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Let's say I want to get a sorted infinite list of all primepowers up to exponent n.

I have got a function to merge two sorted lists and a function that gives me primes.

merge :: Ord t => [t] -> [t] -> [t]
merge (x:xs) (y:ys)
    | (x <= y) = x : merge xs (y:ys)
    | otherwise = y : merge (x:xs) ys
merge xs [] = xs
merge [] ys = ys

primes :: [Integer]
primes = sieve [2..]
    where
        sieve [] = []
        sieve (p:xs) = p : sieve (filter (\x -> x `mod` p /= 0) xs)

I have two versions of the listOfPrimepowers function:

primepowers :: Integer -> [Integer]
primepowers n = foldr (merge) [] (listOfPrimepowers n)    

-- terminating
listOfPrimepowers' n = map(\x -> (map(\y -> y ^ x) primes)) [1..n]

-- non terminating    
listOfPrimepowers'' n = map(\x -> (map(\y -> x ^ y) [1..n])) primes

One delivers the correct result and the other one doesn't. The only difference is, that the first version maps the primepowers in a way like [[2,3,5,7, ...],[4,9,25,...]] and the second version maps the primepowers like [[2,4,8],[3,9,27],[5,25,125], ...]. You see, the infinity is at another level in the list.

Do you have an explanation why the 2nd function doesn't produce any output?

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1  
possible duplicate of foldl versus foldr behavior with infinite lists –  ScarletAmaranth Apr 4 at 8:51
1  
@ScarletAmaranth Sorry, I did mean to use foldr in the second code extract ... But it's still the same issue. –  Benji Wa Apr 4 at 9:33

4 Answers 4

up vote 8 down vote accepted

It is caused by foldr merge having to look through all the lists to find the minimal element at the head of one of the lists. If foldr merge is given a infinite list of finite lists, foldr merge cannot ever compute the first element of the list - it keeps looking for the minimal element of the rest of the list of lists, before it can compare it to the first element of the first list - 2. On the other hand, if foldr merge is given a finite list of infinite lists, foldr merge can determine the first element of the merged list, and moves on to the next one. That way you can produce an arbitrary number of elements in the first case, but not a single one in the second case.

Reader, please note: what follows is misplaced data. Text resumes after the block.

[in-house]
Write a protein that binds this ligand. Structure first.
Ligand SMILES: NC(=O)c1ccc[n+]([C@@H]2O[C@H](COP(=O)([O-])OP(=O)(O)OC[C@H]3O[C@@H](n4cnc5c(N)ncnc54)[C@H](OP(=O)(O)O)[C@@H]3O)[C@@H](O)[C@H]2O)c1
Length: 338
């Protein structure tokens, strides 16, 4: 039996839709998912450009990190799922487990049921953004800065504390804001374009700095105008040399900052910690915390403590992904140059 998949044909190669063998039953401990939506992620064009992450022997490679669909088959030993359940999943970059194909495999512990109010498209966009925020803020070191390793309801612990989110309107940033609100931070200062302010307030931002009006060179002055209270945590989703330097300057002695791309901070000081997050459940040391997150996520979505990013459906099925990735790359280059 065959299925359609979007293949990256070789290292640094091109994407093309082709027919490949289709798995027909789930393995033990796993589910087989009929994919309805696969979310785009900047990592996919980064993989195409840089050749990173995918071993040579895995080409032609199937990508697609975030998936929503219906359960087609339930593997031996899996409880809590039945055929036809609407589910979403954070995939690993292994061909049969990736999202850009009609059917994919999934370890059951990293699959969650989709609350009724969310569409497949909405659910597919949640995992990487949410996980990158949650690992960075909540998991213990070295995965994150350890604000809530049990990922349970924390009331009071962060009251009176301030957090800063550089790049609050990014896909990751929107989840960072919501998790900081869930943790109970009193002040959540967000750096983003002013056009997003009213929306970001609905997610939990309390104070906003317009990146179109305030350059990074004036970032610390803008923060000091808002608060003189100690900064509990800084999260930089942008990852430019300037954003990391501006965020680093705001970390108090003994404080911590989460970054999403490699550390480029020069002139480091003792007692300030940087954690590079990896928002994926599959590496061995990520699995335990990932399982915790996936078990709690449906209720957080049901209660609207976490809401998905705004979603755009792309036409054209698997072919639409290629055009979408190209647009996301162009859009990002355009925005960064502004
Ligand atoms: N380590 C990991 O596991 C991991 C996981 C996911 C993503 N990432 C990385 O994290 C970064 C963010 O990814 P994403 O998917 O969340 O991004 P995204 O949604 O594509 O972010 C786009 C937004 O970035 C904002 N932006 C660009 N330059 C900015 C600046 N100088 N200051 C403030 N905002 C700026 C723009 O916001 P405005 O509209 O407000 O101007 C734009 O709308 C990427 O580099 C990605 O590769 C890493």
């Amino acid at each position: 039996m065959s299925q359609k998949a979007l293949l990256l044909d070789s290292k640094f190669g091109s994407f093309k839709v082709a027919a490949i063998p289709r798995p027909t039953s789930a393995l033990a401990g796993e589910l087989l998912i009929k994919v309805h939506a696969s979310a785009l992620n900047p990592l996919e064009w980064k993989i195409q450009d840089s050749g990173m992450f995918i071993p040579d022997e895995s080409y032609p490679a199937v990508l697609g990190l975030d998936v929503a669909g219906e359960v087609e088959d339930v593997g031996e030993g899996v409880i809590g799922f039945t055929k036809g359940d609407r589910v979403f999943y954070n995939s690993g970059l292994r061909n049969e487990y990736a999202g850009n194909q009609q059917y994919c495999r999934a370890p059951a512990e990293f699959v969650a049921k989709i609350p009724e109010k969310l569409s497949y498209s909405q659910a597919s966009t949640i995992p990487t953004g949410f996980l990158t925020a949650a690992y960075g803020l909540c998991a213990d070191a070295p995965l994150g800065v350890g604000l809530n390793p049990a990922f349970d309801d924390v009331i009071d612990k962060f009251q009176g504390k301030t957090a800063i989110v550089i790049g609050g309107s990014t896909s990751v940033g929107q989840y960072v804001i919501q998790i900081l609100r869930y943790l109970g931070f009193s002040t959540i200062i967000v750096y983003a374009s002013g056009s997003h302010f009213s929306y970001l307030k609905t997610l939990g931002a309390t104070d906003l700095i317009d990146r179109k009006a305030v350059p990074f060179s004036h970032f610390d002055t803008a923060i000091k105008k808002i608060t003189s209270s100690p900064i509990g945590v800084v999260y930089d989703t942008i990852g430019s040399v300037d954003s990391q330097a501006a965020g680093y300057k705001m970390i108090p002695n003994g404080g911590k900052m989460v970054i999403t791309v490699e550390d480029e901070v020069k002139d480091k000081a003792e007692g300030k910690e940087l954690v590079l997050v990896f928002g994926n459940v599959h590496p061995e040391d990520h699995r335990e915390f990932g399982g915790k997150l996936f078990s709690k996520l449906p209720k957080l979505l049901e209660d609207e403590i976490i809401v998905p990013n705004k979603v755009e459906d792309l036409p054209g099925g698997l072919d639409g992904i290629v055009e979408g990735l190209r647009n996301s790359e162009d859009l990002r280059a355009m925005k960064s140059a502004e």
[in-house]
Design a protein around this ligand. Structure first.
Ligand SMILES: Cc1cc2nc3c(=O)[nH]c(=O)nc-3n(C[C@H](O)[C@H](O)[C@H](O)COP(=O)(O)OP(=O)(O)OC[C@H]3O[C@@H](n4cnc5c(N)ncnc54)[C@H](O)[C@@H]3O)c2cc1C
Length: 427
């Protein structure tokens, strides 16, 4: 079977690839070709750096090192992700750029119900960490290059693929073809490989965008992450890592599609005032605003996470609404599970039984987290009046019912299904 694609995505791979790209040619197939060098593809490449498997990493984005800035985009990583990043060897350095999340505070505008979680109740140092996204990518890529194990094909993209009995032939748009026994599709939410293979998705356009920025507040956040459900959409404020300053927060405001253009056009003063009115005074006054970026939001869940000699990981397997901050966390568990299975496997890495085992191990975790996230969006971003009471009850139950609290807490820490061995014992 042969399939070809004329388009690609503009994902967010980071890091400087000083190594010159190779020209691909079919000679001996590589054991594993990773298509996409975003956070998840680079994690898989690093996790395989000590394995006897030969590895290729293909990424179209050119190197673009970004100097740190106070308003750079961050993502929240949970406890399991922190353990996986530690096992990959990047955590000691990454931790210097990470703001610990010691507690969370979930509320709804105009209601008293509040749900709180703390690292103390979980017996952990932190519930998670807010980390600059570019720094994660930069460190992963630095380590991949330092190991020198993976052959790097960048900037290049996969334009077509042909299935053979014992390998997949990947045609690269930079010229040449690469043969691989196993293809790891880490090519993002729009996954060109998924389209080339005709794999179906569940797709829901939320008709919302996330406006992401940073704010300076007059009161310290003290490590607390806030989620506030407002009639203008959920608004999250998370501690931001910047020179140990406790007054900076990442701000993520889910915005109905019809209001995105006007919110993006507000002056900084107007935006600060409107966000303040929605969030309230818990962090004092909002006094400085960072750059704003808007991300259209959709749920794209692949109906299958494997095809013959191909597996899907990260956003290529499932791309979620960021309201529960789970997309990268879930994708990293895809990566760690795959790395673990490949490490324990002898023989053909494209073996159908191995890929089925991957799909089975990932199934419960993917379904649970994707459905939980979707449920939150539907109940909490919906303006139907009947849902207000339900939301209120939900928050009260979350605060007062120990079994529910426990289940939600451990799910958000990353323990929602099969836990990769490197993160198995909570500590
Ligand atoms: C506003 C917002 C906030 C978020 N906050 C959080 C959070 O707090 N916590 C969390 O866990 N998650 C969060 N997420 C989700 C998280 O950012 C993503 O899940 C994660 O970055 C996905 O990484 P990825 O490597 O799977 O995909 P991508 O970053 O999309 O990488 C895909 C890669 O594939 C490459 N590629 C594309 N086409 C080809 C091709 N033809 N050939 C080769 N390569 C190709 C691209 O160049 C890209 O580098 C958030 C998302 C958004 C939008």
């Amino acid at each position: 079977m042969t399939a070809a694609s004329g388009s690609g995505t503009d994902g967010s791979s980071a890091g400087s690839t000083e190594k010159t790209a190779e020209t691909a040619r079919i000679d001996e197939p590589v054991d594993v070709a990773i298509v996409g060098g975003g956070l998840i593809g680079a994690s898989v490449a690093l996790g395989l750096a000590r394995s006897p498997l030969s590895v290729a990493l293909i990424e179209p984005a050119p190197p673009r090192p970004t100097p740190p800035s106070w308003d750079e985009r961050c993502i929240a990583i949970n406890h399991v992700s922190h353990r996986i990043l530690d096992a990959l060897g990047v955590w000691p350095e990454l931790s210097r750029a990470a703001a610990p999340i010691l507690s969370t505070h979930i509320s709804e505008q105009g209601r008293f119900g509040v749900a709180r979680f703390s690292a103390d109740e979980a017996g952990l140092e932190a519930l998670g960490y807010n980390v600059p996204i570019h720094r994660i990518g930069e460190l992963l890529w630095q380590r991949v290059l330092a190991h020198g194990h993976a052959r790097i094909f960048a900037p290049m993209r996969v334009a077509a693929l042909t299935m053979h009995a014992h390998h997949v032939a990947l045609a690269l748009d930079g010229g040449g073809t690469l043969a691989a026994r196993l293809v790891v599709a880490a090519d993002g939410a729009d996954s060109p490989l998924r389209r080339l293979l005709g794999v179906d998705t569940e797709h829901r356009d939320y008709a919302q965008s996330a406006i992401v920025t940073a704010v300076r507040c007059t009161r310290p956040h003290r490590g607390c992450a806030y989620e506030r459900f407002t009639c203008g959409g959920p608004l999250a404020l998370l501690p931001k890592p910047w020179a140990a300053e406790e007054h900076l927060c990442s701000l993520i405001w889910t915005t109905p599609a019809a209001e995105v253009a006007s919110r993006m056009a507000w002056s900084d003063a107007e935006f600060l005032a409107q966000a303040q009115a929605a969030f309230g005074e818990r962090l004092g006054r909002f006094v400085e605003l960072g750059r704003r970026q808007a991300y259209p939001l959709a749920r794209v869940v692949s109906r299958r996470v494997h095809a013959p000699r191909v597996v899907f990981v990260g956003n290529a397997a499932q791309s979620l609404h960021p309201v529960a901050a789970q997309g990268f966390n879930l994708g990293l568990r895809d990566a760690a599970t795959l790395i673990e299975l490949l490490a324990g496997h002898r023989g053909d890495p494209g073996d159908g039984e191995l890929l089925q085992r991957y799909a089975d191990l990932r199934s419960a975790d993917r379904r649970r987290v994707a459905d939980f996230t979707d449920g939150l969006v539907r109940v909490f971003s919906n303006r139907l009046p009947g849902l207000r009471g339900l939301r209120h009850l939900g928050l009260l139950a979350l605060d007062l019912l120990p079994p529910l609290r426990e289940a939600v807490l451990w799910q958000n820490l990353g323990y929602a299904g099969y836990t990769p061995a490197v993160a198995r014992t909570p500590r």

Let's expand foldr merge []:

foldr merge [] (xs0:xs1:xs2:...:[]) =
merge xs0 (merge xs1 (merge xs2 (merge xs3 ... [])))

Clearly, if (xs0:xs1:xs2:...:[]) is infinite, the "nested" calls to merge will form an infinite chain. But what about haskell being "lazy"? primes is also defined in terms of itself, yet it produces output? Well, there is actually a rule of foldr: it can produce output for infinite lists only if the function passed to foldr is not strict in its second argument - i.e. sometimes it can produce output without having to evaluate the result of foldr for the rest of the list.

The merge pattern-matches the second argument - that alone can cause non-termination - and uses a strict function <=, so merge is strict in the second argument, and the infinite chain will have to evaluate the first element of every list before the top level merge can produce any result.

Because merge is strict, and because merge is associative, you can - and should - use foldl' instead of foldr to merge the finite list of infinite lists.

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Thanks, this perfectly answers my question! –  Benji Wa Apr 4 at 11:30
    
foldr or foldl' is secondary. Both won't help with the 2nd at all, and with the 1st, it's unclear which is better - foldr will use more stack to start producing but will build a better structure which will be working faster, with much less overhead. –  Will Ness Apr 4 at 19:31
    
@WillNess what makes the structure built by foldr better? –  Sassa NF Apr 4 at 20:13
    
I write about it in my answer (at the end). :) –  Will Ness Apr 4 at 20:16
    
@WillNess I think I do mention foldl' must be used only for finite lists of infinite lists (ie can't be used with variant 2), so I hope we are clear on that. I added the question on efficiency in your answer –  Sassa NF Apr 4 at 20:27

You can make both variants work, fairly easily. The technique involved is worth knowing.

Your code is equivalent to

primepowers n = 
  foldr merge [] 
      -- terminating:
 --   [[p^k | p <- primes]  | k <- [1..n]]  -- n infinite lists

      -- non terminating:
      [[p^k | k <- [1..n]]  | p <- primes]  -- infinite list of n-length lists

"Naturally, taking the minimum of an infinite list is non-terminating" is the truth, and only the truth, but it is not the whole truth, here.